ERC > LEXICON OF THE YIDDISH THEATRE  >  VOLUME 5  >  SONYA ALTBOYM


Lexicon of the Yiddish Theatre
BIOGRAPHIES OF THOSE WHO WERE ONCE INVOLVED IN THE Yiddish THEATRE;
aS FEATURED IN zALMEN zYLBERCWEIG'S  "lEKSIKON FUN YIDISHN TEATER"


VOLUME 5: THE KDOYSHIM (MARTYRS) EDITION, 1967, Mexico City

 


 

Sonya Altboym
(Starodub)

 

According to Jonas Turkow A. came from Grodno, Polish-Lita. She was a teacher in Grodno. She had love for the theatre with every fiber of her feinfildndiker soul. Before going over to the Yiddish theatre she also participated in the Russian-amateur productions, and always strove to become an actress.

According to other information, she participated with Russian troupes (with Panov) in Mogilev, and in the Minsk municipal theatre, (with Michalovic and Dobroliubov). In Mogilev she also acted in a Yiddish drama circle, and in a Grodno Yiddish drama circle.

In 1921 she joined Warsaw's Central Theatre. In 1922 she played (with Moshe Lipman and Leyb Shriftzetser) in Vilna's Eden Theatre.

In 1923 she was in Vilna's Dramatic Ensemble, from which "VIKT" evolved, where she played until 1927.

In 1928 she was engaged to the Vilna Troupe, which was under the direction of Stein, where she played until 1932, joining the tour which went across Europe. Returning from her tour she played in Warsaw with Dr. Baratov, Ester Rukhl Kaminska, Misha and Lucy German, and in 1933-1934 she was engaged in Kovno.

 

 In her last years she was in an ensemble with Esther Rukhl Kaminska.

According to Zygmunt Turkow, in the first group of the future "VIKT, he also found A., who had married the actor Adam Domb in Vilna, in the production  of Dr. Ettinger's "Serkele" in the Central Theatre, where she had great success playing the role of "Freyde-Alltele.'

Later on A. participated in Vilna in the ensemble that Zygmunt Turkow had put together, and she excelled, especially as the daughter of an arendator (tenant farmer?) in the production of Sackler's "Yizkor."

According to Jonas Turkow A., who had taken a prominent place in Yiddish Theatre, together with her husband, went on a great tour with 'VIKT' across Poland and Romania. She also played in Lita [Lithuania] and Lettland [Latvia].

When on 19 October 1926 in the Kaminski Theatre, VIKT staged the adaptation of Goldfaden's "The Ten Commandments," A. participated.

Sonya in "Serkele."

     Sonya in "The Seven Who Were Hanged."

Jonas Turkow portrays her career and her tragic end:

"Sonya Altboym was a very talented actress, a beloved human being and a very wise person. In addition, she was beautiful, delicate and simple, very representative, had a fine natural tone and gevirkt (affect) ummmitlbar (immediate; direct) with her acting manner and serious attitude to her theatre mission. Already in her first roles, which she received in Ostrovsky's "Guilty-Not Guilty," and then in Andreyev's "The Seven Who Were Hanged," she strongly excelled. She created an entire gallery of wonderful forms, such as in Ettinger's "Esterkele" (Freyde-Altele), Goldfaden's "Two Kuni Lemels' (the marriage broker's daughter Libele), Sholem Aleichem's "Tevye the Dairyman" (Tseytl). After Ester Rukhl Kaminska's death, she took over in "Tevye the Dairyman" in the role of the "Mother Golde," in which she excelled, in one after another role.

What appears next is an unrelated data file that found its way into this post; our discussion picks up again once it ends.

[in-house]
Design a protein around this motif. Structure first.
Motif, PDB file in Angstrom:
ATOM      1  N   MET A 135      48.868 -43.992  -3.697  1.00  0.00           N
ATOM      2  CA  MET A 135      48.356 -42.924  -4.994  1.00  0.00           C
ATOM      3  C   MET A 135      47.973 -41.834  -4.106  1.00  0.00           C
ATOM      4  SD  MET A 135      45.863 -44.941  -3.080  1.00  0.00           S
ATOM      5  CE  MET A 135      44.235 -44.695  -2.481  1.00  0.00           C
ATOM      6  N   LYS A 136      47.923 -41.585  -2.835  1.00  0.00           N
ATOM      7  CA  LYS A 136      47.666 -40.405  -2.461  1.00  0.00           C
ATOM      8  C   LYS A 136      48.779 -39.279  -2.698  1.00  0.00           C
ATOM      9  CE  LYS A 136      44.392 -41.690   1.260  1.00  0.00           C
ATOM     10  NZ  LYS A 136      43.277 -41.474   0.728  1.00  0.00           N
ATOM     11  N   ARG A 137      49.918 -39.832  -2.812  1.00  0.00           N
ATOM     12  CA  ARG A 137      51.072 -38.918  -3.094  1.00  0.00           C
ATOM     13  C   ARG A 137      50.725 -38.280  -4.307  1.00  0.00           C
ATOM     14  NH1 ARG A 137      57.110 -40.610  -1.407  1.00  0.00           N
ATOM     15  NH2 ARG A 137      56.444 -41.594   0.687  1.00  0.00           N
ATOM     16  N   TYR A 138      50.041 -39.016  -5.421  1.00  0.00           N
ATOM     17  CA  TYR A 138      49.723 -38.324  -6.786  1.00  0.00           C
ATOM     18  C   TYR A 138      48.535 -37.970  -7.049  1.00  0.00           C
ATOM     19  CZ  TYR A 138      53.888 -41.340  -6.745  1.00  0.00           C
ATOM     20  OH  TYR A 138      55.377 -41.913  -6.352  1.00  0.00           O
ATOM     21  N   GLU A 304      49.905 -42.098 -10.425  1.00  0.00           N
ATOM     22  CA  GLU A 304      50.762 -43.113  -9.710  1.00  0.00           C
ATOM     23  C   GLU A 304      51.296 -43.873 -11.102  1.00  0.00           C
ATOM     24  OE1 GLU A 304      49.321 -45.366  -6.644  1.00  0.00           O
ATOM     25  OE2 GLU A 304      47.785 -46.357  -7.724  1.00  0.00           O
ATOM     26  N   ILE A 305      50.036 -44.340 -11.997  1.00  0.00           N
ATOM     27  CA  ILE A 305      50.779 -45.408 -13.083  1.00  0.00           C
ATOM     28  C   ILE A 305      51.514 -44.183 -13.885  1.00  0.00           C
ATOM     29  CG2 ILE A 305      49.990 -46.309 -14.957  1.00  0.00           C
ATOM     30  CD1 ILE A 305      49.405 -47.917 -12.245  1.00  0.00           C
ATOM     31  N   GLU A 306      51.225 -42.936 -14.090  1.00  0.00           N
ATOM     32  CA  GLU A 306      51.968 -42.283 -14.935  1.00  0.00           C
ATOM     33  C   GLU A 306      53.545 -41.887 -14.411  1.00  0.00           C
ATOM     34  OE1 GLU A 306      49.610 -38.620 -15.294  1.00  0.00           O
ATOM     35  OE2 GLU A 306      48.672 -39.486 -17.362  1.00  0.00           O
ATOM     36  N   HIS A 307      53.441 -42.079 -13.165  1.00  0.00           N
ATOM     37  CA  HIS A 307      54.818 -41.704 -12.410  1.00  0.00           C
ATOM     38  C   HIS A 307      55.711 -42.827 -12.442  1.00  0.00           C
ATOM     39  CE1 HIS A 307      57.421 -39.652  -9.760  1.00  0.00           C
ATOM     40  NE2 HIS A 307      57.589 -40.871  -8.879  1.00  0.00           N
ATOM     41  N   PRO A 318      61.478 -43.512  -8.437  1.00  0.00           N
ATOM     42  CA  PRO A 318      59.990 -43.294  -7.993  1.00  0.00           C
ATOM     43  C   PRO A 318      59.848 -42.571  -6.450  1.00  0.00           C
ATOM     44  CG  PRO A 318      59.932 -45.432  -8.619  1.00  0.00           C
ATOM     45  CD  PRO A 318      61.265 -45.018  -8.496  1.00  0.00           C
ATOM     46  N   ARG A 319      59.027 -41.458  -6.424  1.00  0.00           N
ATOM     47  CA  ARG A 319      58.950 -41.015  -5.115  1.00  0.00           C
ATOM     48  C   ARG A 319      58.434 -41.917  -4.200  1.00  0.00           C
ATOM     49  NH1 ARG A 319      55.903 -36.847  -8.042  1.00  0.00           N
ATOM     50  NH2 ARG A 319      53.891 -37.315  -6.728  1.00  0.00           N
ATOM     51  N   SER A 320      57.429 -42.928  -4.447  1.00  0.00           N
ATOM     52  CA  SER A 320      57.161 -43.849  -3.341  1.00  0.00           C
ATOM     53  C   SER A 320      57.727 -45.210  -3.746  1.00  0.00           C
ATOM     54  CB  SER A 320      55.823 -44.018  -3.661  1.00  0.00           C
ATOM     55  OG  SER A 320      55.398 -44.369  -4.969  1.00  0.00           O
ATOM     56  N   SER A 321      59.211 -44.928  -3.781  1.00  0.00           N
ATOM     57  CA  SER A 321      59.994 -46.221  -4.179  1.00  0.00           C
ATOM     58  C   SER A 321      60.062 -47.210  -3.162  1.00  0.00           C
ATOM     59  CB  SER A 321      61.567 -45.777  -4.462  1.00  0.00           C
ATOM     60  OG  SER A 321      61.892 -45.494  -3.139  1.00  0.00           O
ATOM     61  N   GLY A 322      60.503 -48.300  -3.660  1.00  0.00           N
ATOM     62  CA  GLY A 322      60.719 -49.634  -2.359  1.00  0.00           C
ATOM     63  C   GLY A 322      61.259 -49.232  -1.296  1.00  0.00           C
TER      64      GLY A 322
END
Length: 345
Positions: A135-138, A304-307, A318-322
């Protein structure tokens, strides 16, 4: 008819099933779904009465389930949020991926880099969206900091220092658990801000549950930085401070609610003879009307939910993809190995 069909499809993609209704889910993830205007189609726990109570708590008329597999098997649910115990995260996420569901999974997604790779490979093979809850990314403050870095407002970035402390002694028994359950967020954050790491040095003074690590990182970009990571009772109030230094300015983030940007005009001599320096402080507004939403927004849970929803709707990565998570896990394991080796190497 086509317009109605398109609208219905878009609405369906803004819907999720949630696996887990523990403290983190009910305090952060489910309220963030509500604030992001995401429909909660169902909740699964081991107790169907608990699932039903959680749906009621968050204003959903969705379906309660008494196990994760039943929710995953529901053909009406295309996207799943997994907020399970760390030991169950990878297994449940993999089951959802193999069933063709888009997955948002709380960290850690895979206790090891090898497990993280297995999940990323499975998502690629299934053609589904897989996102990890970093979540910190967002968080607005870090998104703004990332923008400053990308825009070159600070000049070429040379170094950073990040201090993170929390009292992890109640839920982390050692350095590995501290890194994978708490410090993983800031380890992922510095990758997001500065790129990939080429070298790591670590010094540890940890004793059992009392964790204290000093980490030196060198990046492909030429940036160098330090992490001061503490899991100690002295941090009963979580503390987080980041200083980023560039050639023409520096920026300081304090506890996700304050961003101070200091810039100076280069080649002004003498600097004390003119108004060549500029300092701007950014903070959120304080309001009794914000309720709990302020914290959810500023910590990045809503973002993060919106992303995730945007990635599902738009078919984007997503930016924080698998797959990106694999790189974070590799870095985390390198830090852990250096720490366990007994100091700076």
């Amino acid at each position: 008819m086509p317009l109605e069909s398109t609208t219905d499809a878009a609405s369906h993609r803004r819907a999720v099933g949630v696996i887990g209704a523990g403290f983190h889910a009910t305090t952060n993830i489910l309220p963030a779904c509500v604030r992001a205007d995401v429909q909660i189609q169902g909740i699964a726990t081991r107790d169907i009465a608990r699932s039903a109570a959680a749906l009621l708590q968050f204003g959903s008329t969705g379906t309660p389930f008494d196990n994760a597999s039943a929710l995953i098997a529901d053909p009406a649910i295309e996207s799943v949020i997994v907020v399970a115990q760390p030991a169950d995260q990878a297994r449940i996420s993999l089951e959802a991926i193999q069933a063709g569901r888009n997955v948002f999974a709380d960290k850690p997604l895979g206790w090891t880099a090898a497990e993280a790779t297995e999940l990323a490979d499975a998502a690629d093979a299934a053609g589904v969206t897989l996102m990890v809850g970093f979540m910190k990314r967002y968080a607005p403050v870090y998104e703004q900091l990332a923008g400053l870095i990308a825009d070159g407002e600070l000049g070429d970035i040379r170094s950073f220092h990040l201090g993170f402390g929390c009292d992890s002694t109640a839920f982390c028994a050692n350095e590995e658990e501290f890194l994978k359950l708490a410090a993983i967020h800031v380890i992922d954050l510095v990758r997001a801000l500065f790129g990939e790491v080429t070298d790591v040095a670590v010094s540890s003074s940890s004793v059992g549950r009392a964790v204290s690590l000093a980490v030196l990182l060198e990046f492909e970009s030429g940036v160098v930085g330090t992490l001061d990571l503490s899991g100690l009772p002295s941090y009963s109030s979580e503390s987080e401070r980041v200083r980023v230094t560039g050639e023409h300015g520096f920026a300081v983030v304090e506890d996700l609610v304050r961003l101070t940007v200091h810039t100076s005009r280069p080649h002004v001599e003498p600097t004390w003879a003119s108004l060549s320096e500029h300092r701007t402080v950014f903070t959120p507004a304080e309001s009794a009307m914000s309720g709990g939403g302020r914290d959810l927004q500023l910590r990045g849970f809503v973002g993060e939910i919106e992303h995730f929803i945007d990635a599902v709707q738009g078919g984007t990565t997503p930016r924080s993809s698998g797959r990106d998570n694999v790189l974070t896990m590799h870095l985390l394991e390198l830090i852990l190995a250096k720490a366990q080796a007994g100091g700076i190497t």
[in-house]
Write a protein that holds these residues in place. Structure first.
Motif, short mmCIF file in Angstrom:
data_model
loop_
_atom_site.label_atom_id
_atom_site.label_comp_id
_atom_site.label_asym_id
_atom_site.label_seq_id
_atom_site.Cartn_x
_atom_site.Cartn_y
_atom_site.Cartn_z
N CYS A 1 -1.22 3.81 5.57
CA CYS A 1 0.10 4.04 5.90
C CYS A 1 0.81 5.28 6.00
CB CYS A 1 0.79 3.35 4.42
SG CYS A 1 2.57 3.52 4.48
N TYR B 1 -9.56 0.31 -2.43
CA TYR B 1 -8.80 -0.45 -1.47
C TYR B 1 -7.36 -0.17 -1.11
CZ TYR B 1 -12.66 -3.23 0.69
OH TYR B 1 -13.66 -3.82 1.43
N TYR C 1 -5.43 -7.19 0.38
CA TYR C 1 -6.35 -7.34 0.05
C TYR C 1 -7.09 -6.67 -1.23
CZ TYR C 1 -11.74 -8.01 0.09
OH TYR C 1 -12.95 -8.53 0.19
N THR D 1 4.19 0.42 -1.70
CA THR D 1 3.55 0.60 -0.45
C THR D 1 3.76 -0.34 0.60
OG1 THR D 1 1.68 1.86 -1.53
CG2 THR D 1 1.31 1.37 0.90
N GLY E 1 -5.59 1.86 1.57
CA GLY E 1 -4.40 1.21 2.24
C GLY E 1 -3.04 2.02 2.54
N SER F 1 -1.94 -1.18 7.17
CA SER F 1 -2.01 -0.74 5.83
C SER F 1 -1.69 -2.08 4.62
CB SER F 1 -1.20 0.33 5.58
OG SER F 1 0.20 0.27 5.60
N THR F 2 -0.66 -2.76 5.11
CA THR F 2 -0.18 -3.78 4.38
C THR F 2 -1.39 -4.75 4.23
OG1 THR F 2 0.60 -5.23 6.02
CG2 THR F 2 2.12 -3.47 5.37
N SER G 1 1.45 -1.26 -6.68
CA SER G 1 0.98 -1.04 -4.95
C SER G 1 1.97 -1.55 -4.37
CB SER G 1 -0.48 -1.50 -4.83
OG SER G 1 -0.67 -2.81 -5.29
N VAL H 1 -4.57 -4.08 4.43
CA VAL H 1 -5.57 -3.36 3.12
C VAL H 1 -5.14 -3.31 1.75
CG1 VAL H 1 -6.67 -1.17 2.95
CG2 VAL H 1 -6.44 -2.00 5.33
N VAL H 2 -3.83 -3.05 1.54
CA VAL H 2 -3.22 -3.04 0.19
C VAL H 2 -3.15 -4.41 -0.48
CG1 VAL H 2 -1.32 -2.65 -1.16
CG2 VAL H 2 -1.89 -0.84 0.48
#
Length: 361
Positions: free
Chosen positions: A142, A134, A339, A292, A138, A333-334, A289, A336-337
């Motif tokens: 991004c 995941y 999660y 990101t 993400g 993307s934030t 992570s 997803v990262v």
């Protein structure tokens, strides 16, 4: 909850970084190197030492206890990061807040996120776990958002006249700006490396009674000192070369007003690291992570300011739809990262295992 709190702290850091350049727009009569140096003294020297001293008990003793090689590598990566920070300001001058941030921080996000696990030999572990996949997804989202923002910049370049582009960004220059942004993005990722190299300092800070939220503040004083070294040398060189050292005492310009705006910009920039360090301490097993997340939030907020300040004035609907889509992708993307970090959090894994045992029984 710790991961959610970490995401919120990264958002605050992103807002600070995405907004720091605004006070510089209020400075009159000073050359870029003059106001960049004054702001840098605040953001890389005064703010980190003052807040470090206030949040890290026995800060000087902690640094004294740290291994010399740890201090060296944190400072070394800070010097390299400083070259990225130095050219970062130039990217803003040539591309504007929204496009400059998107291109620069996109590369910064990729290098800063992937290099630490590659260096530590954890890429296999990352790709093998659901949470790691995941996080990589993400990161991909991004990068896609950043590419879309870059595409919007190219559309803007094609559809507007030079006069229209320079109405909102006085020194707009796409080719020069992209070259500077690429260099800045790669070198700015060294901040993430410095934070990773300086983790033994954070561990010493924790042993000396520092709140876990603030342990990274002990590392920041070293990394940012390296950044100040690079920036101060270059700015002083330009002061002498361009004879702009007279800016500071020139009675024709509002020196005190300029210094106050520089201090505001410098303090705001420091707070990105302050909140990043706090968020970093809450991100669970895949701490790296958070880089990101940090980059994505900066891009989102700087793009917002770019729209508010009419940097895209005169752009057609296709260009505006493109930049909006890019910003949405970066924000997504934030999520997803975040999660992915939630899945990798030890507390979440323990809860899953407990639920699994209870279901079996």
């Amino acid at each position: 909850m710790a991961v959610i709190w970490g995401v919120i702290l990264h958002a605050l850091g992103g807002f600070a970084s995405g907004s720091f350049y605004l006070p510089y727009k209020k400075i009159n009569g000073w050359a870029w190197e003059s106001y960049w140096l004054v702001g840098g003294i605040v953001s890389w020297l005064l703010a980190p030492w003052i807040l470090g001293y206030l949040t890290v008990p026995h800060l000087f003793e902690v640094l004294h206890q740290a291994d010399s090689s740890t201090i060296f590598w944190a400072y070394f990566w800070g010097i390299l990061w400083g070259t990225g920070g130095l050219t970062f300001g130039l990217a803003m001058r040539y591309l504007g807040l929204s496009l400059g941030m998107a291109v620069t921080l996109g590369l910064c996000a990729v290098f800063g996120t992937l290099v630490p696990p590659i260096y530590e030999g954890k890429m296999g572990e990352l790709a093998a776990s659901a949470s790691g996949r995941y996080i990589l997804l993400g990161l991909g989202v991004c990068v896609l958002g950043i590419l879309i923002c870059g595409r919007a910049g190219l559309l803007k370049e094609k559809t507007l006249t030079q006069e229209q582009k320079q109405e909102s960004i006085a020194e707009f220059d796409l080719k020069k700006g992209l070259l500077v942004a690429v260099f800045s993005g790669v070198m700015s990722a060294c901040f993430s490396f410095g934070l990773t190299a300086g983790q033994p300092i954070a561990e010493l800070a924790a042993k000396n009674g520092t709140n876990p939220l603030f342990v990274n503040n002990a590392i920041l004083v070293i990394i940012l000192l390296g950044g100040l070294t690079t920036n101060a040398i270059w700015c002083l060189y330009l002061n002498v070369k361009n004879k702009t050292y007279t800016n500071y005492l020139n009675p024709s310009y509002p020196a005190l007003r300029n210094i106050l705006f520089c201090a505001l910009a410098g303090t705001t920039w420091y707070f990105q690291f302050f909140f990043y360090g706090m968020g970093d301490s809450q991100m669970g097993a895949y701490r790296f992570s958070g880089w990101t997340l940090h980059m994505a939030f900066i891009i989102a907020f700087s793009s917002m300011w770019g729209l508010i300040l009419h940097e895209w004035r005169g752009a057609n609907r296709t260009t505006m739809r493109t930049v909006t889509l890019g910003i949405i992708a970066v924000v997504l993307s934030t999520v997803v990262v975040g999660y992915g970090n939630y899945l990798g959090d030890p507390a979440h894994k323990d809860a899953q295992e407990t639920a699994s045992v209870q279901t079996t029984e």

When the war broke out, Sonya Altboym, together with her husband Adam Domb and their their wonderful, exceedingly good-looking daughter Liza, were found in Lemberg and worked there in the Yiddish State Theatre. Their twelve-year-old daughter Liza had displayed non-durkhshnitlekhe dramatic stage abilities. Despite her young age, they enrolled in the Lemberg theatre school, and they had great hopes for her.

When the Germans took Lemberg, Adam Domb was with the second-half troupe of the State Theatre in Rovne. He did not appear to return to his wife and daughter. Sonya Altboym, with her gorgeous daughter Liza went through all seven gates [?] of hell during the Nazi Occupation, when they took the Jews to the "famous" Lemberg process, where they were killed.

Both, Sonia as well as Liza, did not have a Jewish appearance, but a genuine Slavic type, with fardisene Russian gezelkh. They had all the chances to be saved as mchlumrshte Christians, if they would go away to another city where no one knew them. However, they did not believe in the possibility of a physical extermination of an entire people."

  • Jonas Turkow-- "Extinguished Stars," Buenos Aires, 1953, Volume 2, pp. 83, 94, 148-156.

  • Zygmunt Turkow-- "Di ibergerisene tkuph," Buenos Aires, 1961, pp. 55, 64, 84, 156, 162, 197.

 

 


 

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Adapted from the original Yiddish text found within the  "Lexicon of the Yiddish Theatre" by Zalmen Zylbercweig, Volume 5, page 4047.
 

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